There was a time last year when the guardians of Edehzhie would head out on the land in the Northwest Territories and worry what their communities might look like when they returned.
That was when COVID-19 started to sweep across Canada, threatening the country’s northern communities, including those around the protected area known as Edehzhie in the Dehcho region of the N.W.T.
Established in 2018 between the Dehcho First Nations and the federal government, Edehzhie is the country’s first Indigenous Protected Area. It covers more than 14,000 square kilometres of land – more than twice the size of Banff National Park.
Edehzhie is known as the “breadbasket” of the Dehcho region, because of its abundance of wildlife, plants and fresh water.
As part of the agreement between the Dehcho and Canada, eight people were hired as guardians to monitor activities on the land. They are from the four surrounding communities of Fort Providence, Jean Marie River, Fort Simpson and Wrigley.
“They’re essentially our eyes and ears on the ground,” said Ashley Menicoche, one of four Edehzhie community co-ordinators, from her home in Fort Simpson.
As in the rest of the country, the pandemic caused much of the N.W.T. to lock down and strict public-health measures were put in place.
“We were thinking, because you have to be six feet apart, how are you going to do that when you’re sharing a tent and it’s -30 C?” Menicoche said.
The guardians learned to adapt. They stayed connected through satellite phones and other satellite devices while out on the land.
Dahti Tsetso, former director of lands and resources for the First Nations, said she and a guardian would have Zoom meetings from her back deck in Fort Simpson.
“There’s hundreds of kilometres between us and yet, through Zoom, we’re all able to connect. Funnily enough, because of the pandemic, the ability to create a strong sense of community between everyone was sort of forged through video conferencing,” Tsetso said.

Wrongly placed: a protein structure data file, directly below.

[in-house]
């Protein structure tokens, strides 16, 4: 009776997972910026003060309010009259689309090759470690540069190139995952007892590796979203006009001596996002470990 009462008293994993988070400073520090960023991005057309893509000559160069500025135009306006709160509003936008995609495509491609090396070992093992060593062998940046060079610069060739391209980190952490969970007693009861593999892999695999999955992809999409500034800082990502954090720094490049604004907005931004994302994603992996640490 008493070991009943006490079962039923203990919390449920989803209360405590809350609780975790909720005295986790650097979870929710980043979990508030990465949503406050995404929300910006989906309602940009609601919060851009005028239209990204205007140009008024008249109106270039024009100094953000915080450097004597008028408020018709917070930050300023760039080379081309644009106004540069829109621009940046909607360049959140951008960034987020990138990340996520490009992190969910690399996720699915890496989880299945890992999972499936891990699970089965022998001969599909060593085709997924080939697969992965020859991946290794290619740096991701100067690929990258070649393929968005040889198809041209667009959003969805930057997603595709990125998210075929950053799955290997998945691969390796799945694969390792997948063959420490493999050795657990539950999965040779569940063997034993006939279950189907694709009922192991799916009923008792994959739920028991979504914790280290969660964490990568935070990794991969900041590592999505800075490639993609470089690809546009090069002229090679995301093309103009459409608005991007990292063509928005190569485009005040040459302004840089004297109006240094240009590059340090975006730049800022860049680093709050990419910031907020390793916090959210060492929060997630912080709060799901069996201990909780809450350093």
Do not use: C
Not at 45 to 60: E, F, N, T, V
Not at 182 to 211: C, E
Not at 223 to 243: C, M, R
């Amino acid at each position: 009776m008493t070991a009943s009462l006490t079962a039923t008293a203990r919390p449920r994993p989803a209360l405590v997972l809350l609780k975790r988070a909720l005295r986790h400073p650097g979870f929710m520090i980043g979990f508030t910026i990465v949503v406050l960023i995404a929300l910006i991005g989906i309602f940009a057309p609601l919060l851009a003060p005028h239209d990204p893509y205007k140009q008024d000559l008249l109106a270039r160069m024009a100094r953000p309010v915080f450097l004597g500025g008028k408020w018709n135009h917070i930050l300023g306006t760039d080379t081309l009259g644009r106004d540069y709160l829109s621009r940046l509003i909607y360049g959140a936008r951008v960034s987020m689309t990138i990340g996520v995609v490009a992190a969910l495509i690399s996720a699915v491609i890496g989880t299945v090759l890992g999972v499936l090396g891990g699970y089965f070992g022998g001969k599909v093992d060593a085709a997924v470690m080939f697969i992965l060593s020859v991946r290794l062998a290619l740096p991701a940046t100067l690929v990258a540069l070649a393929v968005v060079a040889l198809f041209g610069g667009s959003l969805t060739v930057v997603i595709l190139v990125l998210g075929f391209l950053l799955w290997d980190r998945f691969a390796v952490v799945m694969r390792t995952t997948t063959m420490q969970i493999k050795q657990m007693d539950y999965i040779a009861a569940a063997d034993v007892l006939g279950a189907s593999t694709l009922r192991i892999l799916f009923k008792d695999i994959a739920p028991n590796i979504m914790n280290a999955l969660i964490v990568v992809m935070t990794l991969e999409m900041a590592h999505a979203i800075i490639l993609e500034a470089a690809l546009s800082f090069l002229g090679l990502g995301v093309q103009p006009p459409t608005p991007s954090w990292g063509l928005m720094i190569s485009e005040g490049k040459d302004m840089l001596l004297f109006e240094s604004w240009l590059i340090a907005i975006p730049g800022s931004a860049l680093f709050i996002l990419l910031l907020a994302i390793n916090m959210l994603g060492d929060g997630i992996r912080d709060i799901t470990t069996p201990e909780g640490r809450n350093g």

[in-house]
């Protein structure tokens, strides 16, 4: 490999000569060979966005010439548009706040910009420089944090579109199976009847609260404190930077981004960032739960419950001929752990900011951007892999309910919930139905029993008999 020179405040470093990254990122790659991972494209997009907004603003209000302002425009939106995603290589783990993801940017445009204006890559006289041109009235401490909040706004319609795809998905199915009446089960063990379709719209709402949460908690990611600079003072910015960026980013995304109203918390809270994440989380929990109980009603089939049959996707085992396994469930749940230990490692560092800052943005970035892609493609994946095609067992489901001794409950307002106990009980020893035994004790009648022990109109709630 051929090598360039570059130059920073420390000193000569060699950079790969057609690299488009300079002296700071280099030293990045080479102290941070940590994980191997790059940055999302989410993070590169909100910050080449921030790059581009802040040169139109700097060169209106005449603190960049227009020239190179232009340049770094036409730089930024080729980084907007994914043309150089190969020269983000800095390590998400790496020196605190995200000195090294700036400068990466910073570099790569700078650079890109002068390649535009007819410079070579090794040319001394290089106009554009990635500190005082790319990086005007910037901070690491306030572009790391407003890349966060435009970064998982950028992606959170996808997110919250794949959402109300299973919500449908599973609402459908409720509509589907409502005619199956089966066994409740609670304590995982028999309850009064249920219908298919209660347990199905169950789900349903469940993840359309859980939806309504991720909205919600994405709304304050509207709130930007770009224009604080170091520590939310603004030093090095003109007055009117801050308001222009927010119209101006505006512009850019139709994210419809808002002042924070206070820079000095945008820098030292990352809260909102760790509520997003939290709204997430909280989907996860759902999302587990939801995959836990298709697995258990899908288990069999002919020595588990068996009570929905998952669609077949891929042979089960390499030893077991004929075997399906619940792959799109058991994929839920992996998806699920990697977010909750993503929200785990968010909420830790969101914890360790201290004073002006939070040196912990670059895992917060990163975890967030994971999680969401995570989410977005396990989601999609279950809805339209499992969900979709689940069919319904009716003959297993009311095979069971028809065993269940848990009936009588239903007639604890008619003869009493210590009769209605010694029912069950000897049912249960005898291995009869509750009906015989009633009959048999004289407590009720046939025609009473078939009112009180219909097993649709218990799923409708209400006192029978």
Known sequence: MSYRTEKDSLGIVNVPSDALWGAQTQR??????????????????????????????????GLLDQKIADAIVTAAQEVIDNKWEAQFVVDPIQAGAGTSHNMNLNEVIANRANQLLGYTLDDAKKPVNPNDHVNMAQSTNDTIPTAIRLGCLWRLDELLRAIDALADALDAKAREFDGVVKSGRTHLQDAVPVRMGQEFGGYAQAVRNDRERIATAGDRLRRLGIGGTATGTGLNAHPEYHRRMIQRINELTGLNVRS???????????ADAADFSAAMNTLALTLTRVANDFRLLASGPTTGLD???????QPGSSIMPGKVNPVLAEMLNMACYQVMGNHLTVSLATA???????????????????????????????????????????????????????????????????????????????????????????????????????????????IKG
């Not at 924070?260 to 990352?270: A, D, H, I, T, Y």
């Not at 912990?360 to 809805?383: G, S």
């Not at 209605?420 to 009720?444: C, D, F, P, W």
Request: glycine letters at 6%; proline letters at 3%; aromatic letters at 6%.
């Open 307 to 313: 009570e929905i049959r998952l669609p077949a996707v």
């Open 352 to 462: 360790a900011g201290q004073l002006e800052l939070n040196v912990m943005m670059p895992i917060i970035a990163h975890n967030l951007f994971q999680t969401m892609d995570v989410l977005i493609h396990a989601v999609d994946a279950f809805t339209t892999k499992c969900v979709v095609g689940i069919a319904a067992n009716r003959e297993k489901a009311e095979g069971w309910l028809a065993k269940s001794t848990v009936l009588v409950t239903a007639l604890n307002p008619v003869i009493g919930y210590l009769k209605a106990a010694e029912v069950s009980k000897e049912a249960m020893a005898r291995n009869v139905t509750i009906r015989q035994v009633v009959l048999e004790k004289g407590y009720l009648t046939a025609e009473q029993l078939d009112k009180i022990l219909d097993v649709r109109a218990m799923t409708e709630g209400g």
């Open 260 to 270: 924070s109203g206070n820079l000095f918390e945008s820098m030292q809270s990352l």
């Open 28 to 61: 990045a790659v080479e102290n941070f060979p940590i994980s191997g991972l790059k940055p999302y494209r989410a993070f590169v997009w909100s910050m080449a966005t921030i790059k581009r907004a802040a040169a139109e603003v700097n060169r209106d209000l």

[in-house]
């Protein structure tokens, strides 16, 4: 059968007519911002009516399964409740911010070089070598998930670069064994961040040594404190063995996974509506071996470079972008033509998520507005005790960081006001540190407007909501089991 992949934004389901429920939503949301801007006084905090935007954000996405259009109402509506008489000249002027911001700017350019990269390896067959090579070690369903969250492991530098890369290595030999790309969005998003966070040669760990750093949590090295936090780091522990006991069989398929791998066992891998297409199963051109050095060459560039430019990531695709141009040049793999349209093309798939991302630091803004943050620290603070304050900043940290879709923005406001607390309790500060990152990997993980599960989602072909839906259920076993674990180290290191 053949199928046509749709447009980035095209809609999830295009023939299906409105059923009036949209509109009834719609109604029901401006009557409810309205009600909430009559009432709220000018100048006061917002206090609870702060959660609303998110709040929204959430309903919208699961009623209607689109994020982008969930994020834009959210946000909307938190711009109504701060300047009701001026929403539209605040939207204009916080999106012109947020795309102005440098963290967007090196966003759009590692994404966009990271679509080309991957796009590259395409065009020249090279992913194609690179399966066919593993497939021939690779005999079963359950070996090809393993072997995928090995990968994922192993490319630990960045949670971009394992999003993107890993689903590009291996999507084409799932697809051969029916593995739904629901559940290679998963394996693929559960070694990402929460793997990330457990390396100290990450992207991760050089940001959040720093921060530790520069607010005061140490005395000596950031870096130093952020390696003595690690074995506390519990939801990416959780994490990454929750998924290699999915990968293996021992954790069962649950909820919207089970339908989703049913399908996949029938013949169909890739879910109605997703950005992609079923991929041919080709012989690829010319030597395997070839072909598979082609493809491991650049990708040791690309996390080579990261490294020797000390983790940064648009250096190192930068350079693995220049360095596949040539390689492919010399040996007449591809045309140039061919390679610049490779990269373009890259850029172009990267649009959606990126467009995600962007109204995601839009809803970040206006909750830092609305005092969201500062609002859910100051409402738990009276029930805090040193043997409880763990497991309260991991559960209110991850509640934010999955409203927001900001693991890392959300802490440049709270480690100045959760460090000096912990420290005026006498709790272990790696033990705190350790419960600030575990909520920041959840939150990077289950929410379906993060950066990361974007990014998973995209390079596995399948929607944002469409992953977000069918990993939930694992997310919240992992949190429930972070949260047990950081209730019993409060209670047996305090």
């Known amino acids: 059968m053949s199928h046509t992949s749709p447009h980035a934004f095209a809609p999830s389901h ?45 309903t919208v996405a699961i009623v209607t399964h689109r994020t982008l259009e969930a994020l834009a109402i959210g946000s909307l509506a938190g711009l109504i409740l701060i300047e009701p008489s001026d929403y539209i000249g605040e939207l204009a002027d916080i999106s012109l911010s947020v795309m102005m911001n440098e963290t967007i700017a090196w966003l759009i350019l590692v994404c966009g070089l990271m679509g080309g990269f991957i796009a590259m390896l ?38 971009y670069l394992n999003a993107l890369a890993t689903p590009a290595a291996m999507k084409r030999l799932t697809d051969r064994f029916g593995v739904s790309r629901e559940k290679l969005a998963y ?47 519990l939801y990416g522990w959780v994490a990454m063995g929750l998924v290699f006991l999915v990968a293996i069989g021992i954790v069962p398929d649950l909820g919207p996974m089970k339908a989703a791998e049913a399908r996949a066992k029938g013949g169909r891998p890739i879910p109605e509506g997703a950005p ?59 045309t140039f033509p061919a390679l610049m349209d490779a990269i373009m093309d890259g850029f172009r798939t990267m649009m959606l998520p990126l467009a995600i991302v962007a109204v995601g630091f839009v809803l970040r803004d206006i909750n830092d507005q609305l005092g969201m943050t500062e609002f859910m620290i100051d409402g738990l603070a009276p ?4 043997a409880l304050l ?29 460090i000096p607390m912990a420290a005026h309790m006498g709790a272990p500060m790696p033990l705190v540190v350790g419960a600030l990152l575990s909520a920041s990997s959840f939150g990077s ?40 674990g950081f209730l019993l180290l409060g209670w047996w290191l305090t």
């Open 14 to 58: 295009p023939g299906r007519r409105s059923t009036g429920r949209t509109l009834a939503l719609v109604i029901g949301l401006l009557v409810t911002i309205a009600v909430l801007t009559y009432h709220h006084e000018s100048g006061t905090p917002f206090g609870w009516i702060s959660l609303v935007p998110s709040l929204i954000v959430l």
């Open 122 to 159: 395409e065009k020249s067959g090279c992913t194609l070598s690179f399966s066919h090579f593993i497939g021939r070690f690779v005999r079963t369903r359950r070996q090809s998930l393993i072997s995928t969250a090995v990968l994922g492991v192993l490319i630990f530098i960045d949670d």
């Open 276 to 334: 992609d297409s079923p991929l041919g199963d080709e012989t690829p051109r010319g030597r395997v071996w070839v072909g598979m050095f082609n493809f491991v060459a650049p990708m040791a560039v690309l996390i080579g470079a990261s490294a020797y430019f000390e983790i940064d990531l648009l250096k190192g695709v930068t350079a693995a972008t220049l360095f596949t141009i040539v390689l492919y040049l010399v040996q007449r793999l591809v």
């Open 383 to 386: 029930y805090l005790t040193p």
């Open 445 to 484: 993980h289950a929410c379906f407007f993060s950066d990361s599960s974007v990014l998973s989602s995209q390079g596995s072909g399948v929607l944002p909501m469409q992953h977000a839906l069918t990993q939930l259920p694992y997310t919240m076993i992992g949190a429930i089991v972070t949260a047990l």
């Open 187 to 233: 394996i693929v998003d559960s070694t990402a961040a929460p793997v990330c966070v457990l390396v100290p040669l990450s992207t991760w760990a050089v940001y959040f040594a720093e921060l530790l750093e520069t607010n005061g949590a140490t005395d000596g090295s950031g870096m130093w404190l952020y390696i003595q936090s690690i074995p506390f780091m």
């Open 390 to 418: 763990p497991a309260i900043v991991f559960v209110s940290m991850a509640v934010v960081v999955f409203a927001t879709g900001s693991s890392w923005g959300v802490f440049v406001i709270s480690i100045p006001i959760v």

The pandemic also meant Menicoche and her team developed more outdoor, land-based programs with the guardians and surrounding communities.
“We built this foundation during COVID and we’re still able to do things out on the land while the rest of the world was on lockdown,” Menicoche said.
“I was out in the bush last weekend and I just lay some tobacco down and thanked the Creator that we’re still able do this.”
University researchers based in southern Canada who couldn’t travel to the N.W.T. because of isolation requirements also turned to the guardians for help. The team collected water samples for researchers and set up 80 wildlife cameras in Edehzhie.
The guardians program also pairs local youth with each guardian, something Menicoche said ensures traditional knowledge is passed on to the next generation.
“There’s a lot of knowledge out there that needs to be shared before our elders pass on. And with this program, the youth come to me and tell me how much they’ve learned.”
Menicoche said some of the guardians overcame addictions during the pandemic while spending time on the land.
“To see them work together and overcome their addictions and their challenges out there in Edehzhie was amazing … these guys have built a relationship together that is phenomenal. This job has made then come together as one,” Menicoche said through tears.
“The transformative impact of these programs on our communities and on Canada is really important. And I think it’s really important that Canadians know this story,” Tsetso said.
After seeing how successful the guardians program could be during a pandemic, Menicoche and Tsetso want to see the program grow for future generations.
“If we can get more guardians and more elders to work together, we can make this last a lifetime. We can do some powerful stuff. We can get more guardians to be our protectors of our land and our water,” Menicoche said.
“It makes me really emotional to try and project how much more meaningful it will become, especially because I have little kids. I really want that for my kids, for other people’s kids,” Tsetso said.
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